Most of all, I remember the farm’s owner. She was short and craggy, with cropped hair dyed black and heavy makeup that sharpened her narrow eyes nearly as much as the suspicion that always lay behind them. I rarely saw her without bloodred lips. The lips almost never smiled.
Her name was not Mae, but let’s pretend.
Mae had a jovial husband, round in the belly and sad behind his grin. I saw him only occasionally, but he was always kind to me. I marveled to see him with Mae, because the pair of them were so different. He gentle and she harsh, he easygoing and she tense. Terse. Poised like a wire stretched too tight, clinging white-knuckled to her tough persona. I wondered, even then, then if it was all she had.
She loved her horses in the way hurting people do. In the way that says: you alone will not betray me. You are not my daughter who grew up and moved away and never calls. You are not the old husbands who cheated, the farmhouse falling down around my ears, the abusive parents, the unfair manager who cost me a career, the drunk driver who jabbed this endless pain into my spine.
I am guessing. Mae never told me her story. Not in words. But I worked for her long enough, well enough, that she sometimes let her armor slip aside. Beneath cowered a woman who wore Paloma Picasso and gave me a tiny bottle for Christmas. Who sold me a colt for less than he was worth, taught me to build his hindquarters and stand him up, paid for an overnight trip to Washington where he won Reserve Champion at the big Arabian show.
She gave me tea in her cluttered living room on rainy days, rasped in her smoker’s voice over the soap operas that were the anthem of her afternoons. She said little of substance, but the things she did not say told me her rocky exterior was only a dam of anger holding back a lifetime of tears.
I think of her in the hard times. How quick she was to wrath, how limited her capacity for joy. Her path, whatever came before, had left her all but devoid of any ability to trust. I think that’s why she liked me, and perhaps her husband, too. Our loyalty was simple. Consistent. It surprised her. It was the only thing that reminded her to smile.
The thing about hard times is that they end. Worst case scenario, they end because we’ve died. Best case, and most common, either we or events around us shift and the trail widens and we carry on. This is when we make our decisions:
What will we carry with us? The pain, or the healing? The betrayal, or the wisdom? The longing, or the truth? Will we come away with greater confidence than before, and with gratitude, because we have learned how strong we are? Or will we be cut off, shut down, stolen away?
I saw Mae cry once. Several years after I stopped working for her, I dropped by her place to deliver a framed pencil drawing I’d done of the stallion Ben Bask. It was one of my better pieces. I have no idea why I wanted to give it to her, except that I thought she deserved to be remembered. To be thanked for teaching me ~ without knowing, through bad example ~ how I do not want to be.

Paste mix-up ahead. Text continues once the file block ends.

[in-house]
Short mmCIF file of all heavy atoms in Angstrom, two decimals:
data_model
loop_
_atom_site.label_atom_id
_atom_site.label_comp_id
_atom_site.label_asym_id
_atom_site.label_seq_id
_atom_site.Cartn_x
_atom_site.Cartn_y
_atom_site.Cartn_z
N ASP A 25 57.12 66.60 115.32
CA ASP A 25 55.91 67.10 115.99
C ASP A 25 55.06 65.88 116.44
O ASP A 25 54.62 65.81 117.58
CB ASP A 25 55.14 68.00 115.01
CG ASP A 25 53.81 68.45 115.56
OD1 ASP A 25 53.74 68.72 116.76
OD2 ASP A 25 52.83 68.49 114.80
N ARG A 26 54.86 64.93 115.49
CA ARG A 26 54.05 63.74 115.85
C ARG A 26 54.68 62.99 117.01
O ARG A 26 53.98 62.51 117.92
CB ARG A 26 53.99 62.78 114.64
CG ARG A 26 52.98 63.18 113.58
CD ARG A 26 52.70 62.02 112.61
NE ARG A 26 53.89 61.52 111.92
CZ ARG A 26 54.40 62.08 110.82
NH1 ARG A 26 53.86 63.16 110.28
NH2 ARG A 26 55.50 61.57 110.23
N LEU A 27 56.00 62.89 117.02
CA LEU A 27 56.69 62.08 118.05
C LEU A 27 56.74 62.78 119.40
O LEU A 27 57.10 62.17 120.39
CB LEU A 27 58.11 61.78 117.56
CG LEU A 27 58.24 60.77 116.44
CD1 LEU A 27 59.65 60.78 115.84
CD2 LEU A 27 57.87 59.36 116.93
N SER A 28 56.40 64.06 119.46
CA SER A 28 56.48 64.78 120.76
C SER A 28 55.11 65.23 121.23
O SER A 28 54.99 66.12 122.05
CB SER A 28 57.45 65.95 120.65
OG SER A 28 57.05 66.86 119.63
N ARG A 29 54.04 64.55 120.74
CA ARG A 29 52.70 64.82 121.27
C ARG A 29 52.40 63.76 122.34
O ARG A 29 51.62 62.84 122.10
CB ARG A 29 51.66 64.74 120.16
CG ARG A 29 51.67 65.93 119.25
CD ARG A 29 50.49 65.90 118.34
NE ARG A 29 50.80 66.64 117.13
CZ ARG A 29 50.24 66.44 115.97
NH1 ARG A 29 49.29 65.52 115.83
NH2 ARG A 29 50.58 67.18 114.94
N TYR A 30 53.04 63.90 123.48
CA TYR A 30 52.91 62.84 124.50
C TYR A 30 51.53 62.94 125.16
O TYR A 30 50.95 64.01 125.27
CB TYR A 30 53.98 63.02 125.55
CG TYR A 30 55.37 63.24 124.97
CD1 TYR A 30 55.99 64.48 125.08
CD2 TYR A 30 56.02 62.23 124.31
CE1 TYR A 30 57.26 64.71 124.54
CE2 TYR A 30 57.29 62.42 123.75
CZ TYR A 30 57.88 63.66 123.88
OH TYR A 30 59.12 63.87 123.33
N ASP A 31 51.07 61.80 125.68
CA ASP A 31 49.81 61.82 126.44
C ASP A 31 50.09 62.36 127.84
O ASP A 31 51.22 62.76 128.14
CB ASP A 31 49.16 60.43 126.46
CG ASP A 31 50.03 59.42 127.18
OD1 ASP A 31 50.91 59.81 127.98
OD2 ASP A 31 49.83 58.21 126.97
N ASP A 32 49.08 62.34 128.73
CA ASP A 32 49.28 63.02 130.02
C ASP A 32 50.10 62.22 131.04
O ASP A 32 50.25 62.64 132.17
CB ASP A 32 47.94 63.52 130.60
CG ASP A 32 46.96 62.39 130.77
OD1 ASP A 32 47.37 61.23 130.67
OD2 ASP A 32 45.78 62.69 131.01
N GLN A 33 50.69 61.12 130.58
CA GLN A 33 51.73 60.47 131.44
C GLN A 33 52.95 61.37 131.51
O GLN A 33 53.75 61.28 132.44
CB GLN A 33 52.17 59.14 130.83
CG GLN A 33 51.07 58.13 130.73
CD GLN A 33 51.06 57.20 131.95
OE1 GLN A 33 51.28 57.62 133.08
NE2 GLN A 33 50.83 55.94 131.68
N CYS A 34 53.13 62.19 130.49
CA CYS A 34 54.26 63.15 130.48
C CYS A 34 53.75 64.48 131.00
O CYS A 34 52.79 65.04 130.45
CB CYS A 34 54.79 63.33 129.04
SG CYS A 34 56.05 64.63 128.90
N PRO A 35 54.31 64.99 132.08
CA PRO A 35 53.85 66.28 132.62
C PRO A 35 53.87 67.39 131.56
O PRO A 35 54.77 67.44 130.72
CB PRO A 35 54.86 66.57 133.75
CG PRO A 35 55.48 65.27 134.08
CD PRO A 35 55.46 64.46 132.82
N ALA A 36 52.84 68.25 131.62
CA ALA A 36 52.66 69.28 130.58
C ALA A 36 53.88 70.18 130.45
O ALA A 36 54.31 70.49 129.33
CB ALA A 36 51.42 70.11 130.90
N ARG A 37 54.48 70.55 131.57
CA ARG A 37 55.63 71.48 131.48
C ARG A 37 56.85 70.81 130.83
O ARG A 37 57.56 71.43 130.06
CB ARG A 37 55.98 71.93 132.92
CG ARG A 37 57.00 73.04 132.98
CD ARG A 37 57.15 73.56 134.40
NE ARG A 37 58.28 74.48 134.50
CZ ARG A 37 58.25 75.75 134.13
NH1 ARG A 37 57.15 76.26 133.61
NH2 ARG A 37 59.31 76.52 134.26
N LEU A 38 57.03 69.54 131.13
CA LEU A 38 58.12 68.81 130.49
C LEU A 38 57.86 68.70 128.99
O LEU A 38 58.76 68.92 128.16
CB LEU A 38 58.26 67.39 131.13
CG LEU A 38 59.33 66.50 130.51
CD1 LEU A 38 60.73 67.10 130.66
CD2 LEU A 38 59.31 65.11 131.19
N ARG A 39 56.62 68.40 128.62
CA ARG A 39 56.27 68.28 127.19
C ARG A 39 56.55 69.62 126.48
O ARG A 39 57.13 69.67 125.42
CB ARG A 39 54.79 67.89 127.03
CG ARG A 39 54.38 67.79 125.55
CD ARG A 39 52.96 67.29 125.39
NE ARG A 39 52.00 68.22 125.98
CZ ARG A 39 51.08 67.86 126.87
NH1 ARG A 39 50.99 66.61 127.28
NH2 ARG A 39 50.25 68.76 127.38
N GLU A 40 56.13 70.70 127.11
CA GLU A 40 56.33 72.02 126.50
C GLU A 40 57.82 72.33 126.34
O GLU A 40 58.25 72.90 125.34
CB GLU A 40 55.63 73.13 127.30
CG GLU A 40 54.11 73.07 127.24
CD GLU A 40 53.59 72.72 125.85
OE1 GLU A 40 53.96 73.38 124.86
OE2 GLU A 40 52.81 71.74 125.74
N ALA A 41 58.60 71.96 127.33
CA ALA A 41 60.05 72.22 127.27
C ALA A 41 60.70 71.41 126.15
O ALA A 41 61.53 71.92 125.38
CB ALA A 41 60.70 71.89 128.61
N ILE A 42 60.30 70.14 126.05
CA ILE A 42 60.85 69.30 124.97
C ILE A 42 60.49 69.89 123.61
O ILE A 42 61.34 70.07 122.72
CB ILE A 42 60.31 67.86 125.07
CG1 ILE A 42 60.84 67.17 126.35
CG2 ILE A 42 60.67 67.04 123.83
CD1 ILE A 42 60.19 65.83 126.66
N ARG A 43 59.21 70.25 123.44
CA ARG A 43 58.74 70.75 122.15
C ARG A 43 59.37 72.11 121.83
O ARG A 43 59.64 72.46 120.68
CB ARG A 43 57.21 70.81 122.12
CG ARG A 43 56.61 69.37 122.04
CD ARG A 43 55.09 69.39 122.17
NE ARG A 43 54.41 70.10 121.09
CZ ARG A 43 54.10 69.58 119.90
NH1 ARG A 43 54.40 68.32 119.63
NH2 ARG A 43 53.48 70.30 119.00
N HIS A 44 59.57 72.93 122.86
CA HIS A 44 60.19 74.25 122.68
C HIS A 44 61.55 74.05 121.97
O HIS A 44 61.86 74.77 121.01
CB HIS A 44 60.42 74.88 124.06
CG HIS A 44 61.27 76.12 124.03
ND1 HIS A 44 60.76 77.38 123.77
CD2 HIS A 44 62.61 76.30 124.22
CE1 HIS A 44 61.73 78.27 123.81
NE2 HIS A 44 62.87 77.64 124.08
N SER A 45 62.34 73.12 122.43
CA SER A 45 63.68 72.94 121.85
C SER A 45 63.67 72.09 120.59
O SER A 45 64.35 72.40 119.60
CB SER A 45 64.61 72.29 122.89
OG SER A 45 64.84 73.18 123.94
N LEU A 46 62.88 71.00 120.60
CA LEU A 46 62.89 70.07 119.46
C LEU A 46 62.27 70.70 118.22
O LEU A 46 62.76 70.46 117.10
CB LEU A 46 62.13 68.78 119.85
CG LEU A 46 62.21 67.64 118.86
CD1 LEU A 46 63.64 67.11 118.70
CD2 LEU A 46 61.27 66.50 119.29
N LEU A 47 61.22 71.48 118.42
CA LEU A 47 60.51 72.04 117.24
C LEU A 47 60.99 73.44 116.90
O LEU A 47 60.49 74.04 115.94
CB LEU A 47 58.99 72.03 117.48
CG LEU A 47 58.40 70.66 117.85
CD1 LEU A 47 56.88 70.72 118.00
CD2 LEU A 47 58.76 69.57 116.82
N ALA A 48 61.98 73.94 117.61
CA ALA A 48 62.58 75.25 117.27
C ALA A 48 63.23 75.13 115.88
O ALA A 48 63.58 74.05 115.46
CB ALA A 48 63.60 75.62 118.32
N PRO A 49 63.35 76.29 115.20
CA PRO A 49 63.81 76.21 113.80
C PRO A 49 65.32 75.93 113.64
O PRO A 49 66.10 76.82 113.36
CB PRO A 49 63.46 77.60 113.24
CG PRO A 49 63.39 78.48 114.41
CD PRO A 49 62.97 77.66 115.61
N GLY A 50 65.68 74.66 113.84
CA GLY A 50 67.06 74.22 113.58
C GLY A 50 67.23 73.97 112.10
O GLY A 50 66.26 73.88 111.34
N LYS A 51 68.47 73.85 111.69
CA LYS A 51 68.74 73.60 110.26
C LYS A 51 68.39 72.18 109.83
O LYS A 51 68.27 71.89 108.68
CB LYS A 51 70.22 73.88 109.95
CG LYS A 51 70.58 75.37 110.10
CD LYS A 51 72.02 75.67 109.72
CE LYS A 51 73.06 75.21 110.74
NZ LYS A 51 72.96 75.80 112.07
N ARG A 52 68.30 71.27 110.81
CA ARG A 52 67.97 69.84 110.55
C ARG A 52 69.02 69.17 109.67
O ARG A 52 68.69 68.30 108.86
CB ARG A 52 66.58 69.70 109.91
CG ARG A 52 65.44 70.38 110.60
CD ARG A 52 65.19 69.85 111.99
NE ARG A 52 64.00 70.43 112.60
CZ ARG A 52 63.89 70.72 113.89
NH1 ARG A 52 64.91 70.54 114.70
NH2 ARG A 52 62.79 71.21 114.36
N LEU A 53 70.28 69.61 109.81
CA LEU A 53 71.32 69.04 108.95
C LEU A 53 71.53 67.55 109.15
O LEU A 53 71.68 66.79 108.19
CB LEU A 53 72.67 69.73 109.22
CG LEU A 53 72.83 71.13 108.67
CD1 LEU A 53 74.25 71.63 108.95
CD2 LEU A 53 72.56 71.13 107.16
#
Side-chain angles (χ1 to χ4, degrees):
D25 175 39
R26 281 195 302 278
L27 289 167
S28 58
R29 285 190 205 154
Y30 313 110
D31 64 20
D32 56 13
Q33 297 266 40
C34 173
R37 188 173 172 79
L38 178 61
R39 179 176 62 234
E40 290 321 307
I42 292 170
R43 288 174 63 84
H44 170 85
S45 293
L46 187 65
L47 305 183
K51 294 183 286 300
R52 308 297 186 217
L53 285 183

She is probably dead now. Resentment like hers destroys body and soul before their time. But I am not afraid to hope (because that I what I do) that before the end she found another way, and didn’t let the winter take her after all.
Originally published in The Barb Wire, March 2013
I didn't go to any rides last year. I couldn't. I am going to tell you why.
My horse wasn't fit, because I wasn't fit to ride. There wasn't anything wrong with me, exactly, but everything was wrong around me.
After nearly 15 years of my career (the kind that earns a living, not my endurance career), I found myself the target of a campaign to make me go away. It was about politics. It was about money. It was about a special interest group that didn't want me doing the job I was hired to do.
Ugly doesn't cover it. Defamation ran rampant, culminating in accusations ranging from incompetence to illegal activity. Powerful people believed the story without checking the facts.
I had my friends, of course. People who knew the truth. But there's no stopping a runaway train.
It was't that I didn't ride. I did. I rode for hours. But my mare and I didn't condition. We walked.
Sometimes, I listened to music or a podcast. But mostly I just rode, shell-shocked, listening to the wind and feeling the sun and staring at a world that would never look the same.
A few years ago, I had a big, strong, fit horse. We were getting top-tens and BCs and completing hundreds. We had our eyes on Big Horn, then Tevis. Walking was not in our vocabulary. When forced by footing or slope to cool our heels, we did so with reluctance, gritting our teeth until we could fly again.
But last summer, I lacked the energy to trot, let alone compete. Slowly, mile by mile, month by month, I learned to let go of what should be and accept what is.
People don't always behave ethically. The truth doesn't always win. This ain't the movies, darlin', and sometimes the bad guys get their way.
Sometimes, walking is enough.
At Christmastime, I walked away. From the job, the lies, the money, the strain. I spent January in Death Valley, walking some more. Through slot canyons. Across salt flats and painted hills. Through the stunning debris left by waters that used to roar and now have gone.
Then I came home. And saddled my horse.
We trotted today, but it's early season and she hasn't done a 50 since late 2017. So we also walked. Down the hills, through the sand, up the steepest climbs. The wind sang. The sun embraced. And walking felt every bit as right as speed.
There's a saying that sticks in my head, repeating itself on a loop I need to hear: Light in the leg, soft in the hands; ride the horse and not your plans.
It's not just about horses, is it?
It's about life.
Thanks for dropping by! I'm an endurance rider in the northwest region of the United States. This blog is about distance riding, training, and the practice of being my best self for my horse. I hope you'll come along for the ride.